What would Donald think?
It’s a question almost no-one has had to ask or answer for the last five years or so.
Thanks to the power of the White House and the unfiltered reach of his social media accounts, Donald J Trump‘s every thought, opinion, like or dislike — and there were a lot — seemed to be made known to hundreds of millions of followers, almost as soon as they occurred to him.
Out of office and ousted from Twitter, Facebook, Instagram and YouTube — “de-platformed” is the inelegant tech description — the world has gone a week without a word. Not one. Anywhere on the public record.
If the silence isn’t striking enough, consider the contrast with the corresponding week in January last year.
That’s when the then-president set his own personal record with 142 Twitter messages in a single day.
Mostly he was brooding over the US Senate impeachment trial, which began hearing arguments the previous day on January 21, 2020.
So we know impeachment distresses him. Just because he’s stifled at the moment doesn’t mean Trump‘s any less agitated the second time around.
Even so, the former president can afford to relax. He’s no more likely to be convicted for “incitement of insurrection” in February than he was for abuse of power and obstruction a year ago.
Most Republicans remain loyal to Trump
The numbers are already in: 45 out of 50 Republican senators are still hanging tough for Trump.
At the first opportunity to try to halt the impeachment trial before it begins, all but five Senate Republicans took it.
Kentucky libertarian Rand Paul had cocked the trigger for what was a de facto vote in judgement of Trump‘s conduct between the election and the fateful sacking of their workplace on January 6.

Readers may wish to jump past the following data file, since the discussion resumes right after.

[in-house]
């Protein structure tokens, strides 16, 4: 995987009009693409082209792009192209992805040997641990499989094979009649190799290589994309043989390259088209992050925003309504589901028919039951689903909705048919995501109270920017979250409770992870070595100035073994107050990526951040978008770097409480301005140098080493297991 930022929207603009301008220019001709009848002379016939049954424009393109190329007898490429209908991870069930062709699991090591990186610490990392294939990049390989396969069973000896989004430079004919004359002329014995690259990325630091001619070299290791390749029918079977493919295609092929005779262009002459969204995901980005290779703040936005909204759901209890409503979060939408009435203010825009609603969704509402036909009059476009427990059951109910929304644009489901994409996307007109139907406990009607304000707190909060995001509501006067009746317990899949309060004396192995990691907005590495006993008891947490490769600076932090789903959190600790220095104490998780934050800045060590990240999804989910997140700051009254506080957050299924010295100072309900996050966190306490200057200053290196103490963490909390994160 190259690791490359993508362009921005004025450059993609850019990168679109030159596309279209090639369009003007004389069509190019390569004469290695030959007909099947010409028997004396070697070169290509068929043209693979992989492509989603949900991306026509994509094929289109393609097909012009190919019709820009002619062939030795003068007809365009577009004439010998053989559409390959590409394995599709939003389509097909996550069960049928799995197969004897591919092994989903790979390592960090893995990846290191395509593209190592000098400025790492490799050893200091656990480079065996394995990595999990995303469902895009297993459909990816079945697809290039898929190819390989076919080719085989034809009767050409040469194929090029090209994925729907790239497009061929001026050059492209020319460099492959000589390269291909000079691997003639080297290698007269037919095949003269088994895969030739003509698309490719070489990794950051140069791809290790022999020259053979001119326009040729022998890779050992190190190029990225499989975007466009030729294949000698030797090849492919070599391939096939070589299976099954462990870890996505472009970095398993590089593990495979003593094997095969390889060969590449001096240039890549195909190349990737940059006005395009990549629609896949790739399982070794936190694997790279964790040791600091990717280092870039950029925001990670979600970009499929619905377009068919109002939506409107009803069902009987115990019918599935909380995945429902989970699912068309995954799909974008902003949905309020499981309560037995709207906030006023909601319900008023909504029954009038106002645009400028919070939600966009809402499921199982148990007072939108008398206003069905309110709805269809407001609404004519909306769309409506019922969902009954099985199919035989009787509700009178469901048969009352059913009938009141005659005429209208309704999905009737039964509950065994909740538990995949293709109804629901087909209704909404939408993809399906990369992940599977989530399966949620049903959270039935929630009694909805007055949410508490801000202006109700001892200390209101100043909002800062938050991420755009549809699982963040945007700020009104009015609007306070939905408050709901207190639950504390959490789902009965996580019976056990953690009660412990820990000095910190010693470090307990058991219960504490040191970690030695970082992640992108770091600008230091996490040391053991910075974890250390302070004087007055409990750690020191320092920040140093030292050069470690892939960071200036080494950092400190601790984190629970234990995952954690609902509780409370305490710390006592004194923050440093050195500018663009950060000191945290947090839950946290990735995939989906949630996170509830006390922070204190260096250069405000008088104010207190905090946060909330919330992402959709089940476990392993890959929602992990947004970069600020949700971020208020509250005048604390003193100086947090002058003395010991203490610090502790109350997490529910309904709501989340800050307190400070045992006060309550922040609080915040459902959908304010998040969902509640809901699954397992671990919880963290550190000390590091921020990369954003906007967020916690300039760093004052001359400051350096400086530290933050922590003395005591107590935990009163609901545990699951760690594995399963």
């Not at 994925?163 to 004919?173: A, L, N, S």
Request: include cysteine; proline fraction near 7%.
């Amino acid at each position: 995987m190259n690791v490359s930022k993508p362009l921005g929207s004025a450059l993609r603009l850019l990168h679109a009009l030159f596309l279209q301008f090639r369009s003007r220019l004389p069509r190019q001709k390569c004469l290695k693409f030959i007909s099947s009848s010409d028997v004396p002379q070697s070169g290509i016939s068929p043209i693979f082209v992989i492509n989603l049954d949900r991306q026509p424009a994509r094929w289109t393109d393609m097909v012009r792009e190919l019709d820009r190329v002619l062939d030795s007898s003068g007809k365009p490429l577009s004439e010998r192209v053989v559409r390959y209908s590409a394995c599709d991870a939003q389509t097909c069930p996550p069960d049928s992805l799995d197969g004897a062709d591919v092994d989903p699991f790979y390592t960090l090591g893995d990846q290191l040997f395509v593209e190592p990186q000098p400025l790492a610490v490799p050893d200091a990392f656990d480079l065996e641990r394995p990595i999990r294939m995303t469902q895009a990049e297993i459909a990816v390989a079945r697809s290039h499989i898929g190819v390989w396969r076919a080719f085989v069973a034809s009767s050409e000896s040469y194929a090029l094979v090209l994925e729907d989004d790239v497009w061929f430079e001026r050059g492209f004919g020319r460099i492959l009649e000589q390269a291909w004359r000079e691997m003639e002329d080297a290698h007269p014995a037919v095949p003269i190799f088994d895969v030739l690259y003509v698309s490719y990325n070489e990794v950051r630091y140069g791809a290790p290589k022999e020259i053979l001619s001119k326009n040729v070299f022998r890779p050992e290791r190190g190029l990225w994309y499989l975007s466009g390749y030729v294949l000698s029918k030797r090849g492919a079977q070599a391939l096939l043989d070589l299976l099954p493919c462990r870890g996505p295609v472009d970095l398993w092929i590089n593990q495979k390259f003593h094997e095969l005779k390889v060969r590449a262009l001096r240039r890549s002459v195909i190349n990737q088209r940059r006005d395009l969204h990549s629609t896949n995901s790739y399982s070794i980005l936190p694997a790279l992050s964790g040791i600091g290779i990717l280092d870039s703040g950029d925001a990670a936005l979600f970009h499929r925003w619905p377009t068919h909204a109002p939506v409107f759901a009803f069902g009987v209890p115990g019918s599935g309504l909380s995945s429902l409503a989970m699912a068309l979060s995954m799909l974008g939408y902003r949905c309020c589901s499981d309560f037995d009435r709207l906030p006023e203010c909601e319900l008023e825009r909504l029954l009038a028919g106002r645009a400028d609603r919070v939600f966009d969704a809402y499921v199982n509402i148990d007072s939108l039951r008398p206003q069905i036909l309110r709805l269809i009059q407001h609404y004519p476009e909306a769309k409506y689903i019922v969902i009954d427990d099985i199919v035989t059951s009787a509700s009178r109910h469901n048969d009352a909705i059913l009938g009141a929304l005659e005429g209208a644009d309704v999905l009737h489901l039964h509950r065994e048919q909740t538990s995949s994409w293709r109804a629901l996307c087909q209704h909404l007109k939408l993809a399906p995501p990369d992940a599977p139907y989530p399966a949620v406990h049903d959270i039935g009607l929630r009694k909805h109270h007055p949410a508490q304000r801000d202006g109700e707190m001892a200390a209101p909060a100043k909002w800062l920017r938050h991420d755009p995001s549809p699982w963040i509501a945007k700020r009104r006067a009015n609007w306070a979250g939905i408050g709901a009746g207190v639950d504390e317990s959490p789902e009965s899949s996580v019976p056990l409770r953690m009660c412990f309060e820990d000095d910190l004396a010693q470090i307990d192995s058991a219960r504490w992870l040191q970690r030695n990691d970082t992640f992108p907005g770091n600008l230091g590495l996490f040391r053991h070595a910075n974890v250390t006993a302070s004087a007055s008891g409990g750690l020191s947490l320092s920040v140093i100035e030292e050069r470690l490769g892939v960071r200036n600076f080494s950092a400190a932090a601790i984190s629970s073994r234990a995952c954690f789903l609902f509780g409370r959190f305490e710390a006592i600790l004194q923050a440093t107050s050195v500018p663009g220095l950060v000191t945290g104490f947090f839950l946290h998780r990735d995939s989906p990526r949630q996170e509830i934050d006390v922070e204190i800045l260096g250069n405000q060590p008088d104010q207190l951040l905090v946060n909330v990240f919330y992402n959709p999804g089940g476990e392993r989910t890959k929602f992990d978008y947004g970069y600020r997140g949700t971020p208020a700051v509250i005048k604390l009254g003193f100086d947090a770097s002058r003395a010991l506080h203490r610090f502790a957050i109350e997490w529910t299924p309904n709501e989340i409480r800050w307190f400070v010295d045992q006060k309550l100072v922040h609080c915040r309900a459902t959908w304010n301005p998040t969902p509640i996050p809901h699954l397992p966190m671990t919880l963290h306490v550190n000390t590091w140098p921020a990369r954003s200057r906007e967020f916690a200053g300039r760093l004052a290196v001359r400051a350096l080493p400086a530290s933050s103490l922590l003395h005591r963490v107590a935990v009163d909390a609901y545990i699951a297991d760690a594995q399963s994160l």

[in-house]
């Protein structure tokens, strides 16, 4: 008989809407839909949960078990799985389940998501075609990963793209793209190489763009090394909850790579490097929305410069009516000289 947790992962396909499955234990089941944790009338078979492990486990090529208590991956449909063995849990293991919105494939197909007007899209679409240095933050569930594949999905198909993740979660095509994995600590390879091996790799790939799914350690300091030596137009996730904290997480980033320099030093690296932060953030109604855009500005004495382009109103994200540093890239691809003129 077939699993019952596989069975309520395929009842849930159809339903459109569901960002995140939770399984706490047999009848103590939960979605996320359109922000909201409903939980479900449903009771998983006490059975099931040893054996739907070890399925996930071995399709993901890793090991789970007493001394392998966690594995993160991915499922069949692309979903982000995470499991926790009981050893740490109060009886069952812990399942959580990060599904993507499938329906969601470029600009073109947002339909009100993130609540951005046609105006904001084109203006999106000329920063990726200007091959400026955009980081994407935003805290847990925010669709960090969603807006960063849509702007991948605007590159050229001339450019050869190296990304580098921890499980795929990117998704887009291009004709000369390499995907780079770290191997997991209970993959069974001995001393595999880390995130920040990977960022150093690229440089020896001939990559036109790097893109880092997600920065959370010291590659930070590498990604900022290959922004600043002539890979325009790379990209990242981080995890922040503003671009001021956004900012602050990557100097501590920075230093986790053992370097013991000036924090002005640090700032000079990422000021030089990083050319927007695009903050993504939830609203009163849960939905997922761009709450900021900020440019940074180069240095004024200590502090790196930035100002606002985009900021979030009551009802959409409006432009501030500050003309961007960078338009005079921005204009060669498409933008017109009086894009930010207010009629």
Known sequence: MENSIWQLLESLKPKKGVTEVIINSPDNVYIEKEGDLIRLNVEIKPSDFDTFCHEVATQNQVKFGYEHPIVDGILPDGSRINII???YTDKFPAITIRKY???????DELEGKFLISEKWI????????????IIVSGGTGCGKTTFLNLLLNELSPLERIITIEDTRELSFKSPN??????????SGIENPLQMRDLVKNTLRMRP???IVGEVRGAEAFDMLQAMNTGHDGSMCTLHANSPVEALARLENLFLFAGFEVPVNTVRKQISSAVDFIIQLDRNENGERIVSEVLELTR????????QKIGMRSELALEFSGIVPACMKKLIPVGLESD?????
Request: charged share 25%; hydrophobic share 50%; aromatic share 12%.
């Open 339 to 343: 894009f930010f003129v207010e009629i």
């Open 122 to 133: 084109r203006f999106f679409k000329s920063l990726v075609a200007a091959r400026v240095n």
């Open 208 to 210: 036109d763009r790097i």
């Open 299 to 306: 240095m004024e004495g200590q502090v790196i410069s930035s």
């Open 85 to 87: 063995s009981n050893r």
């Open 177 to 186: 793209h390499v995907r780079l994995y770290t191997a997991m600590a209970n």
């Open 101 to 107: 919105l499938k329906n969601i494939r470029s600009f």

Paul’s proposition was simply that the Senate has no place trying Trump.
“If the accused is no longer president, where is the constitutional power to impeach him?” he asked.
“Private citizens don’t get impeached. Impeachment is for removal from office and the accused here has already left office.”
Forty-five Republicans, including Leader Mitch McConnell were persuaded. The five Senators who voted with Democrats are either known Republican moderates or have already stated their belief that Trump committed impeachable offences.
They include Lisa Murkowski of Alaska, Susan Collins from Maine, avowed Trump critic Mitt Romney from Utah, Ben Sasse of Nebraska and Pennsylvania’s Pat Toomey.
Presumably following events from afar in Florida, Trump could only draw comfort from this early test of the Senate’s will.
There’s every possibility the final vote at the end of the trial will be about the same, still a dozen votes short of the threshold 67 needed to convict (if all senators vote.)